France's New Economics Minister Proposes Increase on 35-Hour Workweeks
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If France’s newly-appointed minister of economics has anything to say about it, the country’s fiercely contentious 35-hour workweeks may soon see a sizable increase.
Days prior to taking office, 36-year-old Emmanuel Macron told a local magazine that loosening restrictions on the law -- originally passed in 2000 -- could serve to improve France’s lagging economic growth and sky-high unemployment rates, reports CNN.
"We could authorize companies and sectors, provided there is a majority (union) agreement on this, to have exceptions to the rules on working time and remuneration," Macron told Le Point.
Having seen zero nationwide growth in the second quarter and with an unemployment rate of 10.4 percent, Macron said that “the key to a recovery in France is to liberate our potential energy to create activity.”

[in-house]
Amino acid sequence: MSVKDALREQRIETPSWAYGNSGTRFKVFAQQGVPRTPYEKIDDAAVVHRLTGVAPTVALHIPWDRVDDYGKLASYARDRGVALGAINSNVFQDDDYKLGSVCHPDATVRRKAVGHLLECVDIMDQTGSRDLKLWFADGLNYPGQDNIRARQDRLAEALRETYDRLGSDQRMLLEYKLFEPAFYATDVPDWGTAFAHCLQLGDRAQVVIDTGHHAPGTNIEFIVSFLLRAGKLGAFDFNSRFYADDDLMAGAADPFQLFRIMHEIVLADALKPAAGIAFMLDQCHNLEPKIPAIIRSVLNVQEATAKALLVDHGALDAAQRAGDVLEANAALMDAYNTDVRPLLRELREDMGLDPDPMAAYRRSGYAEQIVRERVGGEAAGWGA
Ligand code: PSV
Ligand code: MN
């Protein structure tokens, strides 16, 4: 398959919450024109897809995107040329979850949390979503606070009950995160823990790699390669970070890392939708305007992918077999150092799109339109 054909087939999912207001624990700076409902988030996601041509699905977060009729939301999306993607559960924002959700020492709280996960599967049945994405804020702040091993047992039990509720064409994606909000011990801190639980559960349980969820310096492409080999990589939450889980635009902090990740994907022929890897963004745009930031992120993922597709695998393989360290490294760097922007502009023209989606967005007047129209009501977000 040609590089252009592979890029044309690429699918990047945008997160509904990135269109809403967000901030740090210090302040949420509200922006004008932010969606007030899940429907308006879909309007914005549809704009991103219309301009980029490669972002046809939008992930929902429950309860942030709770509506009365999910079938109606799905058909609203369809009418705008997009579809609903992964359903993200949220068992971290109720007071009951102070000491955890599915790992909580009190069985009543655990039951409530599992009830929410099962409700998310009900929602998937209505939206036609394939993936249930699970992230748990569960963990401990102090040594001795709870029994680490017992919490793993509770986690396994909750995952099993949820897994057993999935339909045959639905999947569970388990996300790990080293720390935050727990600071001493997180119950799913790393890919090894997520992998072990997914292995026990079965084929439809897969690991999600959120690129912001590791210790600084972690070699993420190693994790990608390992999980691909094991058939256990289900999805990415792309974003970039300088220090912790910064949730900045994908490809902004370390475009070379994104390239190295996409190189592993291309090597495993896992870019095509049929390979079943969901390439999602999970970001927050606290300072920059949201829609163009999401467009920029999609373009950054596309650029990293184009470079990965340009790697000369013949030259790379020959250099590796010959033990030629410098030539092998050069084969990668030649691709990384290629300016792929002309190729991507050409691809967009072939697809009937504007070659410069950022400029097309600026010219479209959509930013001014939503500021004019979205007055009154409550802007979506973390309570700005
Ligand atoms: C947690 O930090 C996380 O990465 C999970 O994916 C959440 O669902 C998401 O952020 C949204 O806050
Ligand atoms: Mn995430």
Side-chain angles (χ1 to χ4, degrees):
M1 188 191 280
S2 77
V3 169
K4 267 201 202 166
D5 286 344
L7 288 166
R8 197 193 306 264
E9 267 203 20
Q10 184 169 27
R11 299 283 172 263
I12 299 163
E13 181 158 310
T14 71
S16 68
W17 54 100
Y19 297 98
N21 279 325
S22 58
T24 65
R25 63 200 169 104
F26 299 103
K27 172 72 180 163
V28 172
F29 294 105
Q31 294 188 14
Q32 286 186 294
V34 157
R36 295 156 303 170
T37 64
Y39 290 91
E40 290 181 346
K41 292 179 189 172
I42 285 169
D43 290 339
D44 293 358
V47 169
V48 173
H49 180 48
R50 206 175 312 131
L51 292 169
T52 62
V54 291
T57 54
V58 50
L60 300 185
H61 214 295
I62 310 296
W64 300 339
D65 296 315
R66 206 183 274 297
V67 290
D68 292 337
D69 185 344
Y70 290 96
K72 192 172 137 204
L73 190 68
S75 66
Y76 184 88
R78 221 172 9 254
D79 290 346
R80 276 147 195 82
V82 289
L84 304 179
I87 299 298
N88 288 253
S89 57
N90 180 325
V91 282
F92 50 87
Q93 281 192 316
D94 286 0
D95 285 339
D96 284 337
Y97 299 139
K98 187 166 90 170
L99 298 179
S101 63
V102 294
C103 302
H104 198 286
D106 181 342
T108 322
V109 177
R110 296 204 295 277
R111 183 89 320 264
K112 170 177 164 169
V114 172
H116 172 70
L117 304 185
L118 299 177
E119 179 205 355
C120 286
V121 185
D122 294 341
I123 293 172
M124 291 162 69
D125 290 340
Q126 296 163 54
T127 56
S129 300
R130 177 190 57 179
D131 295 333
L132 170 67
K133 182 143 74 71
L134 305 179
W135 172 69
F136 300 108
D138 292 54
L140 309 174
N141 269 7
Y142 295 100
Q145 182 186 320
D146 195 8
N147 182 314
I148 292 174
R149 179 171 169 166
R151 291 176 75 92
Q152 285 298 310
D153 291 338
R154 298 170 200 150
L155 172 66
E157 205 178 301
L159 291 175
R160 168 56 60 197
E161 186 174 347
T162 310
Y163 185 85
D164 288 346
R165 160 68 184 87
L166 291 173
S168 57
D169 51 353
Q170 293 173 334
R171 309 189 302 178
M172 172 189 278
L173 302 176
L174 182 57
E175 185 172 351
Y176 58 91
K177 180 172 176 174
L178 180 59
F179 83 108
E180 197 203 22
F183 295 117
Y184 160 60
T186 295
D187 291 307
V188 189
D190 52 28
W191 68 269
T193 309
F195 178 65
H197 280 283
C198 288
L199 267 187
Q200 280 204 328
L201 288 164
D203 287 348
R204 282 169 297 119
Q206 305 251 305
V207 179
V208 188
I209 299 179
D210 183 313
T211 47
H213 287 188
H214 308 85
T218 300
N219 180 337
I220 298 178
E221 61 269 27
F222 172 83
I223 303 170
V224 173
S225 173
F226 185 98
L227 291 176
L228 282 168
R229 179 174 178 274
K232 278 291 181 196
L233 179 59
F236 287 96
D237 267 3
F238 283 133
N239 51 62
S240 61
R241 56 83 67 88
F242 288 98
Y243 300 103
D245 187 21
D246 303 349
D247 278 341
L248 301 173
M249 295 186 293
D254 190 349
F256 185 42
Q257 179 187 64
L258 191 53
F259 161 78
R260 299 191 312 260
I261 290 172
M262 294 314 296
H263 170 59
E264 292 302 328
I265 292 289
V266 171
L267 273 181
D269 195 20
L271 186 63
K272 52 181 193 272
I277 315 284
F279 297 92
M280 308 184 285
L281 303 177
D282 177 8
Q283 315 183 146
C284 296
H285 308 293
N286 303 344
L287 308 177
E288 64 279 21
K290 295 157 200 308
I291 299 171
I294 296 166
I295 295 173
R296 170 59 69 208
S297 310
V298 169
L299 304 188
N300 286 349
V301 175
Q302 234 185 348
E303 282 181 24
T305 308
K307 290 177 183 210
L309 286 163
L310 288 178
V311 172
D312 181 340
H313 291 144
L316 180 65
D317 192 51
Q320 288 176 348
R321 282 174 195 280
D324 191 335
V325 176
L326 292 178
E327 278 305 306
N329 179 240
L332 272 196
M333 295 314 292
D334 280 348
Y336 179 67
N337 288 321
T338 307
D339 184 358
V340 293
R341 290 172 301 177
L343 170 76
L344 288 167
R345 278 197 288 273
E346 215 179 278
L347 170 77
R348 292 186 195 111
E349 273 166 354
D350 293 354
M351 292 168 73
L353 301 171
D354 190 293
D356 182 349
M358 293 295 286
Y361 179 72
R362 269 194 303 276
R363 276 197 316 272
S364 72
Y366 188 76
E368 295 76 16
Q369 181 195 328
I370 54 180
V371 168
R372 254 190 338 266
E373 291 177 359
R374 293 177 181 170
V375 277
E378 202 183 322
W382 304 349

The 35-hour workweek, however, is a touchy subject in France, where the work-home balance tends more towards quality of life.
Even so, many white-collar workers regularly work longer than the legal standard -- after which additional hours are compensated as overtime. (Prior to 2000, the workweek in France was 39 hours.)
While Macron has made it apparent he is for the longer workweek, the government quickly clarified that the law was not subject to revision. “The government has no intention of going back on the legal length of the working week,” read a statement from the Prime Minister’s office.
In any case, the appointment of Macron, a free-market proponent and former banker distinguished by his youth and an unconventional marriage to his 50-year-old former French professor, has irked the current French socialist regime under President Francois Hollande.They fear that Hollande’s removal of former economics minister Arnaud Montebourg, a socialist, and his subsequent hiring of Macron, represents a rightward shift.
Though France is famous for its distinct work-life balance, it is not the only country questioning workweek paradigms. Gothenburg, the second largest city in Sweden, is currently piloting a 30-hour workweek, while Carlos Slim, one of the richest men on Earth, also called for three-day workweeks comprising 11-hour days.